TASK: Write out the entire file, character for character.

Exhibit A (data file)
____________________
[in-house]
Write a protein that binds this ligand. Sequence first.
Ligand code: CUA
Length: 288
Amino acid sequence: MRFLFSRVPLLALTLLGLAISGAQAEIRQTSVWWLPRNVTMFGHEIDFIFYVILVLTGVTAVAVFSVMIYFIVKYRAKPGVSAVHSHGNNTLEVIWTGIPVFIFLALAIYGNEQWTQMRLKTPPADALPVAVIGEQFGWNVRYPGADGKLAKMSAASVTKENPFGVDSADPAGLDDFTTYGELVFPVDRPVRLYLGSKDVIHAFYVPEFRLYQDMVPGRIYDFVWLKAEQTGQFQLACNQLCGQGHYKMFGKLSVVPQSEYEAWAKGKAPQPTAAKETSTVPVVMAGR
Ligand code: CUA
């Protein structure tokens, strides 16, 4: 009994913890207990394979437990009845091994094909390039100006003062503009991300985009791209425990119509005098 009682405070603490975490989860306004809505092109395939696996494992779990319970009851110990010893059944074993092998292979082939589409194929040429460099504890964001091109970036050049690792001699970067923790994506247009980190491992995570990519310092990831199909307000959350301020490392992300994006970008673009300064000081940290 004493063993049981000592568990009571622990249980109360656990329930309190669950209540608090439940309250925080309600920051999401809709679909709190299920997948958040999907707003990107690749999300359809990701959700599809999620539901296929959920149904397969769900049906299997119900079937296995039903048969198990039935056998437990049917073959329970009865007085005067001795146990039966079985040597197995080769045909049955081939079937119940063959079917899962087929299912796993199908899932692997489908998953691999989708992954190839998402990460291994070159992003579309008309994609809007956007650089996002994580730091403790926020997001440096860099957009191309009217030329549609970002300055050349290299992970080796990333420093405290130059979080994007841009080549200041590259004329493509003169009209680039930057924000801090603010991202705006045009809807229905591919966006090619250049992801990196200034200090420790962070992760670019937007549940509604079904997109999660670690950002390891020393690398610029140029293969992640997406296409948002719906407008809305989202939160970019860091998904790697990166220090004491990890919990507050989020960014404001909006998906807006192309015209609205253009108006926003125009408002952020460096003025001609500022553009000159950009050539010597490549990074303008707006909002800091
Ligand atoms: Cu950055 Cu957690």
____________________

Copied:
[in-house]
Write a protein that binds this ligand. Sequence first.
Ligand code: CUA
Length: 288
Amino acid sequence: MRFLFSRVPLLALTLLGLAISGAQAEIRQTSVWWLPRNVTMFGHEIDFIFYVILVLTGVTAVAVFSVMIYFIVKYRAKPGVSAVHSHGNNTLEVIWTGIPVFIFLALAIYGNEQWTQMRLKTPPADALPVAVIGEQFGWNVRYPGADGKLAKMSAASVTKENPFGVDSADPAGLDDFTTYGELVFPVDRPVRLYLGSKDVIHAFYVPEFRLYQDMVPGRIYDFVWLKAEQTGQFQLACNQLCGQGHYKMFGKLSVVPQSEYEAWAKGKAPQPTAAKETSTVPVVMAGR
Ligand code: CUA
């Protein structure tokens, strides 16, 4: 009994913890207990394979437990009845091994094909390039100006003062503009991300985009791209425990119509005098 009682405070603490975490989860306004809505092109395939696996494992779990319970009851110990010893059944074993092998292979082939589409194929040429460099504890964001091109970036050049690792001699970067923790994506247009980190491992995570990519310092990831199909307000959350301020490392992300994006970008673009300064000081940290 004493063993049981000592568990009571622990249980109360656990329930309190669950209540608090439940309250925080309600920051999401809709679909709190299920997948958040999907707003990107690749999300359809990701959700599809999620539901296929959920149904397969769900049906299997119900079937296995039903048969198990039935056998437990049917073959329970009865007085005067001795146990039966079985040597197995080769045909049955081939079937119940063959079917899962087929299912796993199908899932692997489908998953691999989708992954190839998402990460291994070159992003579309008309994609809007956007650089996002994580730091403790926020997001440096860099957009191309009217030329549609970002300055050349290299992970080796990333420093405290130059979080994007841009080549200041590259004329493509003169009209680039930057924000801090603010991202705006045009809807229905591919966006090619250049992801990196200034200090420790962070992760670019937007549940509604079904997109999660670690950002390891020393690398610029140029293969992640997406296409948002719906407008809305989202939160970019860091998904790697990166220090004491990890919990507050989020960014404001909006998906807006192309015209609205253009108006926003125009408002952020460096003025001609500022553009000159950009050539010597490549990074303008707006909002800091
Ligand atoms: Cu950055 Cu957690």